Never mind the faster boot times, generally faster responsiveness, ability to use ModernUI apps as well as traditional desktop apps, able to mount ISO’s natively, supports multi-monitor usage without 3rd party add ons, Enterprise users get features like Windows To Go to run a copy of Windows from a USB like you previously only could with a Live Linux distro, improved default security, better recovery options, support for newer technology like 3d printers, updates don’t always require a reboot anymore, Hyper-V is standard, ModernUI apps have the advantage of running sandboxed like Linux apps are and can be cross platform, better resource management, etc.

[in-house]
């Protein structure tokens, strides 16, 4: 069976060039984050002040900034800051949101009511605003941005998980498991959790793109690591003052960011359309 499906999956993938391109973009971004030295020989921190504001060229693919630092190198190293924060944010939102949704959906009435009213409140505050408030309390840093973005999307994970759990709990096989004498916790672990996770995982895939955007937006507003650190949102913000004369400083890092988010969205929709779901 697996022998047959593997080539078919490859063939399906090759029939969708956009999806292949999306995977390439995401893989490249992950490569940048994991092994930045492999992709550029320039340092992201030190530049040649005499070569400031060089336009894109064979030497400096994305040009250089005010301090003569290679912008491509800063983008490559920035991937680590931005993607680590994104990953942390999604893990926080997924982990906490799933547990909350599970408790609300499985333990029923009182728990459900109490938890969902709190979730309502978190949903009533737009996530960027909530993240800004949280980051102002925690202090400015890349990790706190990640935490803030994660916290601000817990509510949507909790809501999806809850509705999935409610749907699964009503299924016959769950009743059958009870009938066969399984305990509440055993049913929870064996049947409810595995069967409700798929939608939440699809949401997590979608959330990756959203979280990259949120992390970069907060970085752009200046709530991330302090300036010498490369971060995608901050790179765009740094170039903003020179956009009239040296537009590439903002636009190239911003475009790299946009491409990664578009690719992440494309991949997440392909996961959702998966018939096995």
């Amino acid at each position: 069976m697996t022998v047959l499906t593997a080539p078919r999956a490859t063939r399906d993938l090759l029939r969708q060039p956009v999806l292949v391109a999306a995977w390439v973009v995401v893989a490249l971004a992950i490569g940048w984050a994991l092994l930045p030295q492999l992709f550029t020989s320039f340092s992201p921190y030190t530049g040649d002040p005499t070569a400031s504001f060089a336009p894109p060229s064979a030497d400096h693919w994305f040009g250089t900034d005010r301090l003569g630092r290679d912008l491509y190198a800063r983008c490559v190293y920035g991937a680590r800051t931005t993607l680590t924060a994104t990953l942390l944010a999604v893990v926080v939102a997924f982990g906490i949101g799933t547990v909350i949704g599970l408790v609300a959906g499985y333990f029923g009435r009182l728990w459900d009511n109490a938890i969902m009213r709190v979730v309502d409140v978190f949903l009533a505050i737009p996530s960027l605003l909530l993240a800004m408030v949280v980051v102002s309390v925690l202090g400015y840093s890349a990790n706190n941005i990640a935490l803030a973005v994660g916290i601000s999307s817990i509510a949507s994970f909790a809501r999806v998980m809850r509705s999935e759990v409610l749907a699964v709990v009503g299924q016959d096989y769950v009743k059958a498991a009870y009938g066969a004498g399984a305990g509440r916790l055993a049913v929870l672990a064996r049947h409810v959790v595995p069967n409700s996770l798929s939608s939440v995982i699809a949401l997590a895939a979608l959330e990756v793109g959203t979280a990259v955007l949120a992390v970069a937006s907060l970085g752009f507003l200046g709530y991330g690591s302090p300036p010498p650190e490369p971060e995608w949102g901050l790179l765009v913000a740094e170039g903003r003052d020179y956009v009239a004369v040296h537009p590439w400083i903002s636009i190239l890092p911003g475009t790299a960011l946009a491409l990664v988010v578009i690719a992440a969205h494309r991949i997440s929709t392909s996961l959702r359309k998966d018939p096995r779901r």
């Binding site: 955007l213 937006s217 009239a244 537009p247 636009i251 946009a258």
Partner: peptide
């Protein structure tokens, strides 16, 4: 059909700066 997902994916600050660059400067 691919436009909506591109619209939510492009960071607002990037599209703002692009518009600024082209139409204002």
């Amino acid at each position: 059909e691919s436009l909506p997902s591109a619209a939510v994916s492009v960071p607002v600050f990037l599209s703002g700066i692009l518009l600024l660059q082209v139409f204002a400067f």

Sure, there are things they still need to fix but it’s not like W7 doesn’t have its own litany of things people wished got fixed too… and at least each update to W8 is actually improving it… but W7 is likely to remain how it is from now on…

      1. Ditch Metro 100% and I might pay more attention. That UI is an abortion for the traditional Windows user and you know it.

        1. Nope, you’re confusing your opinion/preference with whether the UI is viable or not…

          The actual reality is far different than you’re thinking… Traditional desktop was never viable for more than traditional desktop usage, even on a laptop there are compromises… let alone on mobile devices where small screens especially make the traditional desktop all but unusable or a strain to use at best…

          For those who actually bothered trying it without pre-judging and actually taking the time to learn to use it properly have found it a perfectly viable system!